U.S. Army Medical Department, Office of Medical History
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This study is one of a series dealing with the administrative history of the U.S. Army Medical Department in World War II. As an account of the programs developed in the Zone of Interior to train Medical Department personnel to operate fixed medical installations and field units, it focuses on the organization and administration of training, changes in scope and emphasis, the development of doctrine and technique, and responses to personnel and supply problems. Other volumes in the clinical and administrative series necessarily impinge to an extent upon the subject matter of this study, just as this volume deals with problems of organization and administration, personnel, and supply falling within the scope of training. In this book, training is considered in the context of the Army and the Medical Department over the period from 1938 to 1945, providing a unified picture of Medical Department training efforts.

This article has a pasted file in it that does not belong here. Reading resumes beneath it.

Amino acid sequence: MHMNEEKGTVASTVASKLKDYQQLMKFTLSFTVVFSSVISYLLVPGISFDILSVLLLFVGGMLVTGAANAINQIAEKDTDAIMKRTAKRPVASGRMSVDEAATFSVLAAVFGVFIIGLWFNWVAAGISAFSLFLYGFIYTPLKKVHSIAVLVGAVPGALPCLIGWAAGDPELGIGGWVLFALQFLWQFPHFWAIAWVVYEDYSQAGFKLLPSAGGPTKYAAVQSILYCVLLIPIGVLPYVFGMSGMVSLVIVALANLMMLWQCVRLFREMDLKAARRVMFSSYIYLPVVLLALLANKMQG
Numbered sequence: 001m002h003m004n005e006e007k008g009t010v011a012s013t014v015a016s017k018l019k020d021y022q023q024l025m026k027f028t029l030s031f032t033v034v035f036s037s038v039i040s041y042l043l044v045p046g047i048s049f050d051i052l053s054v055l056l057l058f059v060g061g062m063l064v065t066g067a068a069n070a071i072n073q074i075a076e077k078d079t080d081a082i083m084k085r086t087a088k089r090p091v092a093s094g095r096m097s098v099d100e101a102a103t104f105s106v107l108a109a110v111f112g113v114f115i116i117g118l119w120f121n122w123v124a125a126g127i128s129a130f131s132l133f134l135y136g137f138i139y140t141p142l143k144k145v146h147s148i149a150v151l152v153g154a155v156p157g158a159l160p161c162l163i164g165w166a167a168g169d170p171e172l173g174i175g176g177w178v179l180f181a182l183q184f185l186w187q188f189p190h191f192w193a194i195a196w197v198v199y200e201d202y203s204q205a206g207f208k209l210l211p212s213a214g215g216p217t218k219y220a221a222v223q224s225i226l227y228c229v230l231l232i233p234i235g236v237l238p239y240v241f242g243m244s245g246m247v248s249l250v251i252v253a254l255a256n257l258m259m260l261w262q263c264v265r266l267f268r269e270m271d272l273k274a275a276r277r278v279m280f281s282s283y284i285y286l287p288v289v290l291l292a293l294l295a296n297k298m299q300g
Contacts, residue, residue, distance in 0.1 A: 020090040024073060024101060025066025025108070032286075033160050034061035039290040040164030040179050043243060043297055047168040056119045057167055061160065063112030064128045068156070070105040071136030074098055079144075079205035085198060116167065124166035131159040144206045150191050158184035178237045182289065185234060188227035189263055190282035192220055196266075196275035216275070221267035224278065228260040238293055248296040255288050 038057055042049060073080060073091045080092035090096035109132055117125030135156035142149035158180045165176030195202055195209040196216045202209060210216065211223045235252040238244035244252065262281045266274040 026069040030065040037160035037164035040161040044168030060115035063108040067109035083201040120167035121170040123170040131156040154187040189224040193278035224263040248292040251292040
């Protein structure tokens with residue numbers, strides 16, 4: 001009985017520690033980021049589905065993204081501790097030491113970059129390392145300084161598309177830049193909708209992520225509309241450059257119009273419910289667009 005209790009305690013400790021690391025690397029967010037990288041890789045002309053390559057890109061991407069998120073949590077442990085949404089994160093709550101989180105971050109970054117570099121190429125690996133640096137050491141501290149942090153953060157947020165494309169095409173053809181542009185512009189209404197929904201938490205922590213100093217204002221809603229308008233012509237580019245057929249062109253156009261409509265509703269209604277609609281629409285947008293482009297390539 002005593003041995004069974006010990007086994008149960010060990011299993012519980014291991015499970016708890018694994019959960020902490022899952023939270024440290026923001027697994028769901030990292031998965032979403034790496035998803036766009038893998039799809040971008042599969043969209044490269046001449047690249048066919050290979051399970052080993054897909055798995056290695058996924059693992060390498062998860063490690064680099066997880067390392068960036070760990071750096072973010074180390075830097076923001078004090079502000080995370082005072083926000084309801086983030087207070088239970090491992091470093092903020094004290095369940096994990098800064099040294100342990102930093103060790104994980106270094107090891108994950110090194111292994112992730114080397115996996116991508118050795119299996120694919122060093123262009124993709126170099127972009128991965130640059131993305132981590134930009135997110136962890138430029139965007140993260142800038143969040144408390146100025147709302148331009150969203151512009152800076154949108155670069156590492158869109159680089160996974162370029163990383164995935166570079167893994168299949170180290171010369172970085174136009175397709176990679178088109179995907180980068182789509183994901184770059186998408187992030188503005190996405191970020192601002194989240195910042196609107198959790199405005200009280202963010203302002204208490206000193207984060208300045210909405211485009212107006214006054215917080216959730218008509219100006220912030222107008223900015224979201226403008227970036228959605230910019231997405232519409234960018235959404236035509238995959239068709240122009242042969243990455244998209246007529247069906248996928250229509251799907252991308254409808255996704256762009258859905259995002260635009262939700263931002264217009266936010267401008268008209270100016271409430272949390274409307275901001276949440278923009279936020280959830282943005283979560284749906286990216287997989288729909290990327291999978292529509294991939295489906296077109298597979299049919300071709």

The training volume itself has a long and complex history. Work on the project began during World War II, when the Office of The Surgeon General was directed to prepare a manuscript history of its training activities to serve as source material for a projected history of training under the Army Service Forces. Under the supervision of Lt. Samuel M. Goodman, MAC, AUS, several young officers at the Office of The Surgeon General were assigned to the project, and by the end of the war, these officers completed a 10-volume manuscript encompassing all phases of Medical Department training conducted under the jurisdiction of the Army Service Forces. Although these studies were of uneven value, they served as the foundation for all subsequent versions of the training volume.

In 1946, shortly after work began on the administrative history of the Medical Department in World War II, the project was assigned to Mr. Graves H. Wilson, a civilian historian employed by The Historical Unit. Although Mr. Wilson was unable to complete more than fragments of the study before leaving the unit in 1952, he compiled an extensive file of verbatim notes to supplement manuscripts written during the war.